Upset Stomach Cycling? Fix it!
Painful stomach cramps and bloating can make it very difficult to continue cycling. Adjustments in nutrition, effort and position are the key to changing your enraged gut to a settled tummy.
The stomach is able to process approximately one gram of carbohydrate a minute or 60 an hour. If you eat more than this, it will not make the process go any faster, you will just get an upset stomach cycling.
If you mix sugars it is said that you can increase the carbohydrate intake to around 90 grams per hour. (Ie. mix glucose and fructose – I am still looking for this study)
So, per hour plan on having 45-60 grams of carbs if just from glucose and 55-75 grams if from glucose and fructose. (another reason I like honey stingers so much – glucose:fructose ratio of 1:1)
At high levels of exertion most of your blood will be in your legs in order to maintain your effort… this means that your stomach is competing with your legs as your stomach needs the blood in order to digest food. Unfortunately, your stomach is going to lose the competition and it will slow digestion considerably.
As you continue to eat your belly is going to get full. Now you have three problems you:
- Have not been getting enough food digested into usable fuel
- Likely are starting to get dehydrated
- Are starting to get full AND feel like making a mess on the pavement is inevitable. (vomiting)
I used to think that this is just the way it is in cycling. You cram power bars and gatorade down until you feel like vomiting, and then you continue to eat and drink as much as you can until the ride is over and that is how you knew you did nutrition properly. Oops.
If you start to feel this way switch to water immediately… and if you can convince yourself to slow down to about 70-75% of your aerobic capacity that would be a great idea as well. The water is to decrease the sugar content as it is too high and difficult to process. Going forward you may need a mixture of sports drink and water. Slowing down will allow the blood to return to the stomach and help to digest.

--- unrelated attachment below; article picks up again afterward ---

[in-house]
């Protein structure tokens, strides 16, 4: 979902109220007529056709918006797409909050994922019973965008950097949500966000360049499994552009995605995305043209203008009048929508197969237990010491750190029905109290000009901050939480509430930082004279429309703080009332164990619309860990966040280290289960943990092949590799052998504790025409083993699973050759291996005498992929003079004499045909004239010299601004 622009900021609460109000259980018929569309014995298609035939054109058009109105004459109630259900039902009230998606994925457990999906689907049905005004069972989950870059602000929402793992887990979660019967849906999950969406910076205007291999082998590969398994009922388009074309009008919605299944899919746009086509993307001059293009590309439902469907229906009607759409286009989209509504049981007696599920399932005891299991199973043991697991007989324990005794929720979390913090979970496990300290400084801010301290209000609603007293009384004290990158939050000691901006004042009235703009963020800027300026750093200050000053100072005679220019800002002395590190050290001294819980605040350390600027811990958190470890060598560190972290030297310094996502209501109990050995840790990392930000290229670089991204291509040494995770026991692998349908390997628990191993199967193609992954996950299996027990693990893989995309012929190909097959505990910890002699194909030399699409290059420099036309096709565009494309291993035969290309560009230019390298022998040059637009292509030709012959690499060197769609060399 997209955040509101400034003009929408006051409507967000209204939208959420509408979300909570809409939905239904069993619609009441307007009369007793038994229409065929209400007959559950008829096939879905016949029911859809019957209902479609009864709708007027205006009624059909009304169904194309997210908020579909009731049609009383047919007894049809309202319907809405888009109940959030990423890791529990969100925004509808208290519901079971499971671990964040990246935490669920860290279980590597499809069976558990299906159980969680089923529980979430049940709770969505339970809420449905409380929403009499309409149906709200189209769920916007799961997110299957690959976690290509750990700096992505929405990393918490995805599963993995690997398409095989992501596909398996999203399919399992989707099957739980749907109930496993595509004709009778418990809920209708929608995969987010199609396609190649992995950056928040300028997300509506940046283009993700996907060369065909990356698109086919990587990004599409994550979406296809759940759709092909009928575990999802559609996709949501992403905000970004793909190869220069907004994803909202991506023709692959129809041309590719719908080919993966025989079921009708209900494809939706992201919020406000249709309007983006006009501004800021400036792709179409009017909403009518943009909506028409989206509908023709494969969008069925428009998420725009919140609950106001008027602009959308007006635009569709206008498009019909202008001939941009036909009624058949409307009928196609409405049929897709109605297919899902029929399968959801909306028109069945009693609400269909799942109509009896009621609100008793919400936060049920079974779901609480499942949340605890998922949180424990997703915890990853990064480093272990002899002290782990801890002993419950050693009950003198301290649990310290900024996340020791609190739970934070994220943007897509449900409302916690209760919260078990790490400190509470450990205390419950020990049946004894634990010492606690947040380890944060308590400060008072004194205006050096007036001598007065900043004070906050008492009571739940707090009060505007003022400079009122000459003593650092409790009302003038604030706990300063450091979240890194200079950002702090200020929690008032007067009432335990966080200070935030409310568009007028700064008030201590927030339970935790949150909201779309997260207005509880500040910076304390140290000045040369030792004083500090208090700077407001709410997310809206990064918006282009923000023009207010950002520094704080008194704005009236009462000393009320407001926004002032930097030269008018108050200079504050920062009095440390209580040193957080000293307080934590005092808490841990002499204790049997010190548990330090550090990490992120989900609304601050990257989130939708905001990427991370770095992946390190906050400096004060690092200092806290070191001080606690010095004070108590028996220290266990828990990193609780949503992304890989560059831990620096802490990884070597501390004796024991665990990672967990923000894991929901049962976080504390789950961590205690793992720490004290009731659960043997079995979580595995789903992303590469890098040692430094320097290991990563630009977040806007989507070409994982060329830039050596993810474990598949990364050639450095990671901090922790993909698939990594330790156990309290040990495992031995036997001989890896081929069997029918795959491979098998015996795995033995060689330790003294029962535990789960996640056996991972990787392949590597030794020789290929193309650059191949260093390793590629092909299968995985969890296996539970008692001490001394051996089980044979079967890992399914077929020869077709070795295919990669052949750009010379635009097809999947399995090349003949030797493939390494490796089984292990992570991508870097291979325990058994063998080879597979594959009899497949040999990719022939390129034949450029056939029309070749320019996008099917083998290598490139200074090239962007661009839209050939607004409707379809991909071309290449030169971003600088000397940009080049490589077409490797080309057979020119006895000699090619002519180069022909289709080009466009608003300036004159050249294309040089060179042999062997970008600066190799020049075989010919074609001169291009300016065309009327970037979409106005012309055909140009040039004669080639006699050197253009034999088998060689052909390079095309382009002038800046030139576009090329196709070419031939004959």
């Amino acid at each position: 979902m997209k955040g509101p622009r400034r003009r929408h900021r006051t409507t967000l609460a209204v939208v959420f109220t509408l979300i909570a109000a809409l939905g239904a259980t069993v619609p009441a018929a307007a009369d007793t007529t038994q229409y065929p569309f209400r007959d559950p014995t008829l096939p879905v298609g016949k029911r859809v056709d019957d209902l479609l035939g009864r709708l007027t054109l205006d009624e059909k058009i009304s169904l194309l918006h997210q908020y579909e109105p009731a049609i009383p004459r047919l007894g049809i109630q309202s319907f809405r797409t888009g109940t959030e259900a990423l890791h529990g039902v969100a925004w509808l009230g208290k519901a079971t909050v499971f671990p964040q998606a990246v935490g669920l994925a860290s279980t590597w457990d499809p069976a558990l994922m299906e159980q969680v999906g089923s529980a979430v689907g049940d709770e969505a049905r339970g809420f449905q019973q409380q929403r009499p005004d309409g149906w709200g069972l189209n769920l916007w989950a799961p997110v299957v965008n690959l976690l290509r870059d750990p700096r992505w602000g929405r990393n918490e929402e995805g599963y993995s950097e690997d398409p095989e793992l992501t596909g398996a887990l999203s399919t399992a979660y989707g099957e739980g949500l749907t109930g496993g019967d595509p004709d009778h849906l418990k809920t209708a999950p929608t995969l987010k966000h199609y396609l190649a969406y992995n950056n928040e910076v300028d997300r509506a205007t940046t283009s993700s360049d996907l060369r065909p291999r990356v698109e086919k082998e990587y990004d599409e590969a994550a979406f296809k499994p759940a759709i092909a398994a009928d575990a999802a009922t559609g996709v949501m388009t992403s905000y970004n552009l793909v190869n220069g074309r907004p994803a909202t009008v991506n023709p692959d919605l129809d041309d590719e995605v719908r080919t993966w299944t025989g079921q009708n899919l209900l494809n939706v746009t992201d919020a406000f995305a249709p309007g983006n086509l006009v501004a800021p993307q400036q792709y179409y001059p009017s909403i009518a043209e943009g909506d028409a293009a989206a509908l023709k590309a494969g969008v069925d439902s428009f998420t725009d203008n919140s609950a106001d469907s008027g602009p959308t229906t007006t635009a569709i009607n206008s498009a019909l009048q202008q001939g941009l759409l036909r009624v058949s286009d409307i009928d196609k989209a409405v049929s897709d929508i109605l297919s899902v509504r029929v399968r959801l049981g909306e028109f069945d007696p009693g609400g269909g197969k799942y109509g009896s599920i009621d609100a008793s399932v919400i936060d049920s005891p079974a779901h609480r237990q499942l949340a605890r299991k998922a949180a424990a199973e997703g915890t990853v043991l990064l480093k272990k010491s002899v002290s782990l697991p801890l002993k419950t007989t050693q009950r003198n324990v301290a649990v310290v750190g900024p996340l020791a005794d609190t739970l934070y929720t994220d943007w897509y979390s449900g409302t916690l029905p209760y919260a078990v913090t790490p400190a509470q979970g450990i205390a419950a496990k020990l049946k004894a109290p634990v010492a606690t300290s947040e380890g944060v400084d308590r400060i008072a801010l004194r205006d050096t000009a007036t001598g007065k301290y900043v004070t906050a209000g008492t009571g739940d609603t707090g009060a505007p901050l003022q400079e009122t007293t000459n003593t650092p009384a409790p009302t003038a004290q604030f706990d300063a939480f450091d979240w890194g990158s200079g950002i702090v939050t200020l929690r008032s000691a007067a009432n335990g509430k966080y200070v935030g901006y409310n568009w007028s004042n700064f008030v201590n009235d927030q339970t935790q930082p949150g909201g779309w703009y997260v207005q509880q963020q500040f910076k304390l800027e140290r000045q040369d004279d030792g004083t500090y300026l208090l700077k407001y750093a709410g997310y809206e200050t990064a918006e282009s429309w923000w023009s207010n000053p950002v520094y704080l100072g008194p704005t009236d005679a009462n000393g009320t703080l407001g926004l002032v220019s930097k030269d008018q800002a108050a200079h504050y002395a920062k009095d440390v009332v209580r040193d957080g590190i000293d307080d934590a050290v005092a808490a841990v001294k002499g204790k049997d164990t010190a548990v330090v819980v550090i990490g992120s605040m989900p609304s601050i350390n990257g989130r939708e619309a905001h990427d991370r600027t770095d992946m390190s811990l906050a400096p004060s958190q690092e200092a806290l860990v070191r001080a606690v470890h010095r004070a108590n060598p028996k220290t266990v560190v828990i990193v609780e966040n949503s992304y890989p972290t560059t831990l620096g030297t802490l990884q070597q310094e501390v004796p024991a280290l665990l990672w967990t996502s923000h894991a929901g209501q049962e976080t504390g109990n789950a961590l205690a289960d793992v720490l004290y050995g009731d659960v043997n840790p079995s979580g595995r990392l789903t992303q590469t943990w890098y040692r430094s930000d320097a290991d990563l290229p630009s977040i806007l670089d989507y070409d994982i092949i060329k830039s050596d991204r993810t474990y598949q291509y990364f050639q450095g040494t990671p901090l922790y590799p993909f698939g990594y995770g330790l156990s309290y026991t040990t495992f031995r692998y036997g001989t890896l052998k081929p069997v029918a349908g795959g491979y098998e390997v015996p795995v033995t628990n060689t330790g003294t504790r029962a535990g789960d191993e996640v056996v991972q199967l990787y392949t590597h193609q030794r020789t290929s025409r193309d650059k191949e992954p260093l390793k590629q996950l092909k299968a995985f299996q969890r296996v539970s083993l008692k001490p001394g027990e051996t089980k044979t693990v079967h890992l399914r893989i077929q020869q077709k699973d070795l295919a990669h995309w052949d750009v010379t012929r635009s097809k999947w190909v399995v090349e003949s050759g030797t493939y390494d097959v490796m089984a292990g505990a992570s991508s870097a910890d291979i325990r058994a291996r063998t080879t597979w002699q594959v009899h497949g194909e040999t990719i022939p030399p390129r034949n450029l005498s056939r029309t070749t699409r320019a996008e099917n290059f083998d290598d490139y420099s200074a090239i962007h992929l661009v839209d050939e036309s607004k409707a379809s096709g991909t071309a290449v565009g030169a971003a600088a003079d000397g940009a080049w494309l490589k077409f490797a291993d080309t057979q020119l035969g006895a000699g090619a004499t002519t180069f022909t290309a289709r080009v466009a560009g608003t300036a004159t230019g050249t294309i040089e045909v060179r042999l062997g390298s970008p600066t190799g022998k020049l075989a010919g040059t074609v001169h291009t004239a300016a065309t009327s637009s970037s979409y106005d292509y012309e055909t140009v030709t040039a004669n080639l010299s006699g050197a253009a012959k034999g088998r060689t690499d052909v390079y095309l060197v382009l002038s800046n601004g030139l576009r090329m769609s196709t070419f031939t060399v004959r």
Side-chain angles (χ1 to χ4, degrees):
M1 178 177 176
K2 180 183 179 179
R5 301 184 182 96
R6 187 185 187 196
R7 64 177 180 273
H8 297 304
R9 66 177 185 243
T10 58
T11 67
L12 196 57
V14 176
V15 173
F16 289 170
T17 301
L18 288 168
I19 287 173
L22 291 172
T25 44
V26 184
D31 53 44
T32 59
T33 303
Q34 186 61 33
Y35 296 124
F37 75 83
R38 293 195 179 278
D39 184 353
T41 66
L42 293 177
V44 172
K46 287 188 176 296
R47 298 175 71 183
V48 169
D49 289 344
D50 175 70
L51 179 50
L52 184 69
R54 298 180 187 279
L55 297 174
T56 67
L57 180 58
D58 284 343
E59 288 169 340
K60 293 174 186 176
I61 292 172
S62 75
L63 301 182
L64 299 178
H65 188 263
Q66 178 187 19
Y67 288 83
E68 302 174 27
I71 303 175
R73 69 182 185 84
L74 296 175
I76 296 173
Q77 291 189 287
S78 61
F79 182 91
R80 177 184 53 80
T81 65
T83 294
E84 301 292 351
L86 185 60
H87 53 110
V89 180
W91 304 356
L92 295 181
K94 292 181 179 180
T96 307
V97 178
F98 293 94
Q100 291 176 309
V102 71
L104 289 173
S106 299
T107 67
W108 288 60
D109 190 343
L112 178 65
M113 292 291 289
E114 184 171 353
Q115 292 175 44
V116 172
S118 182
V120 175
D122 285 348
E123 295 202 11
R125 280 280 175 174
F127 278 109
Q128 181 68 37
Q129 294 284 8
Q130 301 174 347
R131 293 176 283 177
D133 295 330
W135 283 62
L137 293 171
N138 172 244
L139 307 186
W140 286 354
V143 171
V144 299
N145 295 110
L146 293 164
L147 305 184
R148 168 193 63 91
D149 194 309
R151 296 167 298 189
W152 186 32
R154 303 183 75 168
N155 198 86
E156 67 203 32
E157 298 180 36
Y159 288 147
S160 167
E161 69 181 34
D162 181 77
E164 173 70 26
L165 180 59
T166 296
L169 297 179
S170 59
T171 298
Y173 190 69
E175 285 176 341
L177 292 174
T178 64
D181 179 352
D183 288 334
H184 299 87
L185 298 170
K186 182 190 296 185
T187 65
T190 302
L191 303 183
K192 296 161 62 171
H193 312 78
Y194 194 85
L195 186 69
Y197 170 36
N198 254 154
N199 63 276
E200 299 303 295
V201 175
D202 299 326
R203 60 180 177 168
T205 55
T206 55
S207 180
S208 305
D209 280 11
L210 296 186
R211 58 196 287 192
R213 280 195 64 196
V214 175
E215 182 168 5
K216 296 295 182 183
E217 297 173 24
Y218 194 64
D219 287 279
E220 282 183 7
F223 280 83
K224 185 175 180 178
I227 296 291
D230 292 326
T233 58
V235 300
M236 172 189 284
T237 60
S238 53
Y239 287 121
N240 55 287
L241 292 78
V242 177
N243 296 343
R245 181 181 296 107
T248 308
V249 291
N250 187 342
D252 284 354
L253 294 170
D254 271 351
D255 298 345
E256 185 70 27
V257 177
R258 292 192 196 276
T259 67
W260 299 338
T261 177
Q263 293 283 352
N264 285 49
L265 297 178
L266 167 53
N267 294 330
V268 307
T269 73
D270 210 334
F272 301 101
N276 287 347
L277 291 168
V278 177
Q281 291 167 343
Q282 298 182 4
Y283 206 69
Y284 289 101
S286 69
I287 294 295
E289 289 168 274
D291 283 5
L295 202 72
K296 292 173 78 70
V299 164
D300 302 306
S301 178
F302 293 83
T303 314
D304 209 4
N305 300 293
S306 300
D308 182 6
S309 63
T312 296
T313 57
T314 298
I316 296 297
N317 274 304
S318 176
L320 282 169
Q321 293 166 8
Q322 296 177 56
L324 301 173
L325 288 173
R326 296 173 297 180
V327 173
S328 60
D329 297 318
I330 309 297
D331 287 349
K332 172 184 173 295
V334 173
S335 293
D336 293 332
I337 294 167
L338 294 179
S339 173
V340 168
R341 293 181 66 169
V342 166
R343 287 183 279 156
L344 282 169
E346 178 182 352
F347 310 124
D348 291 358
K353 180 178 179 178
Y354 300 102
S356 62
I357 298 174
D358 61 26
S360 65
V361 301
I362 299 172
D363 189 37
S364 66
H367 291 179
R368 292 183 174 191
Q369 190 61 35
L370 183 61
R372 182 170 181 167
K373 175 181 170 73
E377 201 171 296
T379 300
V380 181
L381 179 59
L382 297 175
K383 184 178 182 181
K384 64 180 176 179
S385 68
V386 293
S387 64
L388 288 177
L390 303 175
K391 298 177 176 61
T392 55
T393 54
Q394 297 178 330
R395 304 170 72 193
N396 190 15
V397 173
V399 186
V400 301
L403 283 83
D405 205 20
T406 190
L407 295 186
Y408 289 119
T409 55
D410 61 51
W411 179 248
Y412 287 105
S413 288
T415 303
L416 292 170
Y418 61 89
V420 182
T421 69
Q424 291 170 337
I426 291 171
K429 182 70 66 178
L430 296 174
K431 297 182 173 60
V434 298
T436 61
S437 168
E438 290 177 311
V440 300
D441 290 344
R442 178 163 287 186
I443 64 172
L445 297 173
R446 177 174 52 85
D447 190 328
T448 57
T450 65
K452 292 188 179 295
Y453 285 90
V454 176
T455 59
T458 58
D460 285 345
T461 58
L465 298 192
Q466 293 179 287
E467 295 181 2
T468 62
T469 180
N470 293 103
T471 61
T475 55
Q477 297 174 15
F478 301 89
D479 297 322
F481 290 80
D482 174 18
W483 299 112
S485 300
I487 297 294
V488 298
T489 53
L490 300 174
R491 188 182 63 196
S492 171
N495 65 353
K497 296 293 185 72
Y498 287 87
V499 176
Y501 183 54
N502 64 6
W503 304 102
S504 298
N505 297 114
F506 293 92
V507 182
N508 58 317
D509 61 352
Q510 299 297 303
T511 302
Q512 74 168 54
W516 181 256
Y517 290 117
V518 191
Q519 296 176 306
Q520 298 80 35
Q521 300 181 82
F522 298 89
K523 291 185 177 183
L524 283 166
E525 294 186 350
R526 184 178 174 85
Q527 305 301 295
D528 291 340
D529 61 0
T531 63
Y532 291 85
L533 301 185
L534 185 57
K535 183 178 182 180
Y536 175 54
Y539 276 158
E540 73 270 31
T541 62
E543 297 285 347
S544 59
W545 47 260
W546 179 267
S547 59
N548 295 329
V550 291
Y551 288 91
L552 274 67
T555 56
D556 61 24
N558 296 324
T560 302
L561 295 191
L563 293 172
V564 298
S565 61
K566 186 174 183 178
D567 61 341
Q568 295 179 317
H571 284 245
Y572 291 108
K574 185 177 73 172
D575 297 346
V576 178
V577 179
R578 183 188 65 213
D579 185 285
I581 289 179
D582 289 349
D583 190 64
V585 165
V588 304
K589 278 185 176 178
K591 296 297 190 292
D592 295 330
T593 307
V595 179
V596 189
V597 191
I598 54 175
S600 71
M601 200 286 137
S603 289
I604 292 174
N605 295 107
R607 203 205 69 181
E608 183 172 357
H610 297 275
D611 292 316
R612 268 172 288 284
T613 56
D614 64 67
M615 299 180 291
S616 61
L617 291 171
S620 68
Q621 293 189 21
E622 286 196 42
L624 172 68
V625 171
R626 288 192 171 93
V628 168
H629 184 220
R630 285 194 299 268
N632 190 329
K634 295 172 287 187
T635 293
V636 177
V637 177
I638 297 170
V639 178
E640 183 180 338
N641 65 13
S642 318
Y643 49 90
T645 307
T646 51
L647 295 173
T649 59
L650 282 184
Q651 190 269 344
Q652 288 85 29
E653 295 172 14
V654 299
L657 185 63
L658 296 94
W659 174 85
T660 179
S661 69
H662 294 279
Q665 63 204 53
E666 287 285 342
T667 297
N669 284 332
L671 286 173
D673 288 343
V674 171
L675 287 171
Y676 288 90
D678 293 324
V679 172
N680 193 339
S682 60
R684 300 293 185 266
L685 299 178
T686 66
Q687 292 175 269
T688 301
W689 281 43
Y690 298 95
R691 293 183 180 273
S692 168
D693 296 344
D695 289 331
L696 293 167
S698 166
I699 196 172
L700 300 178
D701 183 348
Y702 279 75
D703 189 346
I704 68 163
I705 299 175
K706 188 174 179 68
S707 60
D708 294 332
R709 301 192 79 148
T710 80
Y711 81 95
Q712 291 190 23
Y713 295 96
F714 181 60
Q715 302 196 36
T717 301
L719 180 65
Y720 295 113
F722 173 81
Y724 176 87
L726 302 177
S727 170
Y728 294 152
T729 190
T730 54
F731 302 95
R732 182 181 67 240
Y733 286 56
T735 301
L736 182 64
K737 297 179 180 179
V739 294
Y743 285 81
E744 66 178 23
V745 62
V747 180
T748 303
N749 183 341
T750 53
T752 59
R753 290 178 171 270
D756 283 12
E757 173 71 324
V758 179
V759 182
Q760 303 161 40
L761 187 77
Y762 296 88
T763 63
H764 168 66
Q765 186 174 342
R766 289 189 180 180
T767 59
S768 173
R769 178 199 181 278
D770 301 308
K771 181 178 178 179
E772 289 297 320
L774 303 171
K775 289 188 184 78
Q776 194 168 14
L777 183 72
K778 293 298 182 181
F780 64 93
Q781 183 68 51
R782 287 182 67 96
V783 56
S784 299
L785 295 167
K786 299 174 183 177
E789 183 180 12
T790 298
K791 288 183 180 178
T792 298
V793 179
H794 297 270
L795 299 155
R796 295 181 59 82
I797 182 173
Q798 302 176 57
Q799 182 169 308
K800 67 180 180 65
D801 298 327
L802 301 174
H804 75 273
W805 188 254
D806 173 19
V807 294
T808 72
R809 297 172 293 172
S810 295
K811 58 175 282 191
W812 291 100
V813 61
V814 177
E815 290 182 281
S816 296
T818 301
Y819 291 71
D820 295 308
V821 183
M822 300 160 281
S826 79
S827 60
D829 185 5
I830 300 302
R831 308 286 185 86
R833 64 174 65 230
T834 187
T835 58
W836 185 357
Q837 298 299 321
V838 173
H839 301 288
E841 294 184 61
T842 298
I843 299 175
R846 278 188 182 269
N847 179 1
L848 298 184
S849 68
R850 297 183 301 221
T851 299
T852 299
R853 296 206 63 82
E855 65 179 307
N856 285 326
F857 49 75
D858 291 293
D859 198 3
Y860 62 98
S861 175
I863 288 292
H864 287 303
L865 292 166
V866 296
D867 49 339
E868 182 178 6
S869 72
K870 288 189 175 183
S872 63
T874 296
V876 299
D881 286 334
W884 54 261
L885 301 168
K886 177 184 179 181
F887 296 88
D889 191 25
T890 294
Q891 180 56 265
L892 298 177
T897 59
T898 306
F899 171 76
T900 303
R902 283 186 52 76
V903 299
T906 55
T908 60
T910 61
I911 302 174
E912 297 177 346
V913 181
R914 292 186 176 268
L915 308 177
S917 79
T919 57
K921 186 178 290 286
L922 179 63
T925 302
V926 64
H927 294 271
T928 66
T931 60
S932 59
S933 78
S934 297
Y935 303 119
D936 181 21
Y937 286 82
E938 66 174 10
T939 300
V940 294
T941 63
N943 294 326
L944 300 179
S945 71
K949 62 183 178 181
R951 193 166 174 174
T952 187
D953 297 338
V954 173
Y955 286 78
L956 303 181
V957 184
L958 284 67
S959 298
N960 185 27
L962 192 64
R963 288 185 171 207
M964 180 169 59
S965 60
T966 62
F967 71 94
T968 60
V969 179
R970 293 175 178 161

Perhaps the easiest thing to quickly look at is your position. If you continually get an upset stomach cycling it could be because your position is too aggressive (leaning over too much with a rounded back, or your hips are not open) and that can put undue pressure on your abdomen making it difficult to digest food.
I have tried all of this and still have an upset stomach cycling
If you have tried this already and still are having stomach/vomiting issues then it is time to look at what you are doing off the bike. Your esophagus has muscles that help push the food down and at the bottom is a sphincter that keeps the food from coming back up!
Now some of you may not want to acknowledge this part… but… caffeine, alcohol and smoking all relax the ever important esophagus muscles and sphincter. So if you continue to have problems look to cut these items out. Also, only eat 2 hours or longer before cycling, longer is better if you have a sensitive tummy.
Catch an upset stomach cycling early!
An upset Stomach cycling can destroy a ride, but if you know the signs and catch it early enough you can fix it without it slowing you down.